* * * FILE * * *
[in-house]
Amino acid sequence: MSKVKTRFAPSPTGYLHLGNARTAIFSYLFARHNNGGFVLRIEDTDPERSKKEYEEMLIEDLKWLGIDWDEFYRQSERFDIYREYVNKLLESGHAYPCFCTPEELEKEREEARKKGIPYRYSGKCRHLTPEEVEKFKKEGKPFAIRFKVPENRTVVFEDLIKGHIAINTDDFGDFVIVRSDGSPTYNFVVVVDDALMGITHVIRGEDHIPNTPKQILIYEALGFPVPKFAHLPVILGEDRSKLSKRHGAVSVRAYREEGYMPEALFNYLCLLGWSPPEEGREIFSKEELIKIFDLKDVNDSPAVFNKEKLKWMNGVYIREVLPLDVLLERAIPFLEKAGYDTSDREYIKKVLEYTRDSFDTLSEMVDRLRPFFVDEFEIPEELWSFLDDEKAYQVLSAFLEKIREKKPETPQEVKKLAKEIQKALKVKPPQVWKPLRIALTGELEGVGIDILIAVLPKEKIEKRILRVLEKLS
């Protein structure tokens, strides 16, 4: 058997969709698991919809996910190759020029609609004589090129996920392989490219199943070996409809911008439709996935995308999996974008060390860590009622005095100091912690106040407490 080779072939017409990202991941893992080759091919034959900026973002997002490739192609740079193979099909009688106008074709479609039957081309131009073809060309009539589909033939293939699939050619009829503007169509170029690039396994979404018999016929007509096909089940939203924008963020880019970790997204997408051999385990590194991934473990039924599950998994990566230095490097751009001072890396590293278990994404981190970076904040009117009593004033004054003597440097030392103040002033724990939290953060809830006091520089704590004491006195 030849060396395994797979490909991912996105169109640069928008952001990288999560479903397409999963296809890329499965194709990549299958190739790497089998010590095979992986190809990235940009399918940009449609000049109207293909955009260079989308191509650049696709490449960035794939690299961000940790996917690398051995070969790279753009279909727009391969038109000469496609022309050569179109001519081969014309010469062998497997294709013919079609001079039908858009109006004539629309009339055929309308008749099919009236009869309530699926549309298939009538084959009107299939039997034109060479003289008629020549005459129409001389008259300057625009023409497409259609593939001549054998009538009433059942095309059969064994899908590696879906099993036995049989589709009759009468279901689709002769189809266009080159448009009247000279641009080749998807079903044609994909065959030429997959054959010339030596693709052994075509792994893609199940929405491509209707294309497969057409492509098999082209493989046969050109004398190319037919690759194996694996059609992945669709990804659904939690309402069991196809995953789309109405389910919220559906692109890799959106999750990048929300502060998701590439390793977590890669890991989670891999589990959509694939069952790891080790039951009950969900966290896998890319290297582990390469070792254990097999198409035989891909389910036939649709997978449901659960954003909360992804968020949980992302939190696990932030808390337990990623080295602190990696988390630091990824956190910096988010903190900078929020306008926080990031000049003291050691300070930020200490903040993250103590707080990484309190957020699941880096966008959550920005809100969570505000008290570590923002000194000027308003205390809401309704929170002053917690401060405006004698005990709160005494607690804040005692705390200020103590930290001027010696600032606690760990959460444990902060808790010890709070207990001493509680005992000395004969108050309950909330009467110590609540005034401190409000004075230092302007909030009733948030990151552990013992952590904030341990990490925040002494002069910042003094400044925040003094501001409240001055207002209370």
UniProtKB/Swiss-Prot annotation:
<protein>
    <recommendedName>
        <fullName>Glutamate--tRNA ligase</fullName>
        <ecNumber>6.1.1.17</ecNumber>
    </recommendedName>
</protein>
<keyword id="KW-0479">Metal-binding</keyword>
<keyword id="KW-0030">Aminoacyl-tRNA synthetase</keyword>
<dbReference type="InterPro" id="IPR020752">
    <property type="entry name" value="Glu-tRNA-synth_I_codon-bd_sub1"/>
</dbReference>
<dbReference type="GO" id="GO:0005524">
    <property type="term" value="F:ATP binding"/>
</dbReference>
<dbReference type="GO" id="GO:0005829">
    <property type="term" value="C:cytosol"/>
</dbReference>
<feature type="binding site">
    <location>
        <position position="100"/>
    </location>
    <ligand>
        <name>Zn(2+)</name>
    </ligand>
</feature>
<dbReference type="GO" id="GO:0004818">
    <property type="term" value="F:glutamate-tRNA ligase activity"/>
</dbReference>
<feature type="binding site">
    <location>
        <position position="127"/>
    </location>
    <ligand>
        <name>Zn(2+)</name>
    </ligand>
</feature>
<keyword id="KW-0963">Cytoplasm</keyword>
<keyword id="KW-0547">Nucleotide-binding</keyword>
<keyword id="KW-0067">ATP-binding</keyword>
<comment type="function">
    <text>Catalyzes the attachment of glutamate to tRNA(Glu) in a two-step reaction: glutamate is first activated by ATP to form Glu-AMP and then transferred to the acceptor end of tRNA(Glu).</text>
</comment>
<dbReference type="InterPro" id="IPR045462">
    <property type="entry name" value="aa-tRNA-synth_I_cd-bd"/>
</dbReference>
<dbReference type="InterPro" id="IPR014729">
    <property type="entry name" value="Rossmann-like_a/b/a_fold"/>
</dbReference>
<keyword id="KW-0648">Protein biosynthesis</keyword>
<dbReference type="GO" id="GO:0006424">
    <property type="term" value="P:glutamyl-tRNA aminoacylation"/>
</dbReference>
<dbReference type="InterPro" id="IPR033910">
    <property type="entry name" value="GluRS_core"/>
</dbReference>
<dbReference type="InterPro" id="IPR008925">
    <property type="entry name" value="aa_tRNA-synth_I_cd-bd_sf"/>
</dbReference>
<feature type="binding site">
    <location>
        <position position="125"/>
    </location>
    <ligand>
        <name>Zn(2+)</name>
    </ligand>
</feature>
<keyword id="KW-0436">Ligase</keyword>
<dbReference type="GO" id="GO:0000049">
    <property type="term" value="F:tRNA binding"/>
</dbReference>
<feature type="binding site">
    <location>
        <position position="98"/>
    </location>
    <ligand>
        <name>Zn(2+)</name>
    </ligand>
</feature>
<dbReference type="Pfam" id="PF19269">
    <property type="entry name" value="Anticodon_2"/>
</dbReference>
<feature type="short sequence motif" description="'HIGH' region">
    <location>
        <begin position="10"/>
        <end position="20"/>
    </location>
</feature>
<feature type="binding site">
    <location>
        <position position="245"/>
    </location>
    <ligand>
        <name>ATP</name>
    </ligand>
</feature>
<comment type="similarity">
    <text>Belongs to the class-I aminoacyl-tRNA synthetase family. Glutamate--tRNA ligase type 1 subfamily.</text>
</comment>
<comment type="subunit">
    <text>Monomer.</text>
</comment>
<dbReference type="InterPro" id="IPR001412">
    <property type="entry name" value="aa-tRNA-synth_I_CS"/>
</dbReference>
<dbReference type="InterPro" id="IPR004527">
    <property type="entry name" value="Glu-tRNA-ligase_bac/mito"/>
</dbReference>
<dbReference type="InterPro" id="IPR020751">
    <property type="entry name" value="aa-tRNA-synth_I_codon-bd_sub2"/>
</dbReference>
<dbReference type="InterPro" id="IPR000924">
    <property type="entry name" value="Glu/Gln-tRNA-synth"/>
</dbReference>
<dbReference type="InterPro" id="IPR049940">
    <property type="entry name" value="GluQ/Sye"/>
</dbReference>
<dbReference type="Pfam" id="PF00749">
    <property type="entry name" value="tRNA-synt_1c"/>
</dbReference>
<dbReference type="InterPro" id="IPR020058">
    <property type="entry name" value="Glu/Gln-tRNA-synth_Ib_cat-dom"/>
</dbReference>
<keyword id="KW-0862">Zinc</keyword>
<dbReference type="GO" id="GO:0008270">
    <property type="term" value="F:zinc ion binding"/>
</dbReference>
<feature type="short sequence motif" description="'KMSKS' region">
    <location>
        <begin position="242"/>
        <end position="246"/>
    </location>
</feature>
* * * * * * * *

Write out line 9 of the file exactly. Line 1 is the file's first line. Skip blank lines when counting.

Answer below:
    </recommendedName>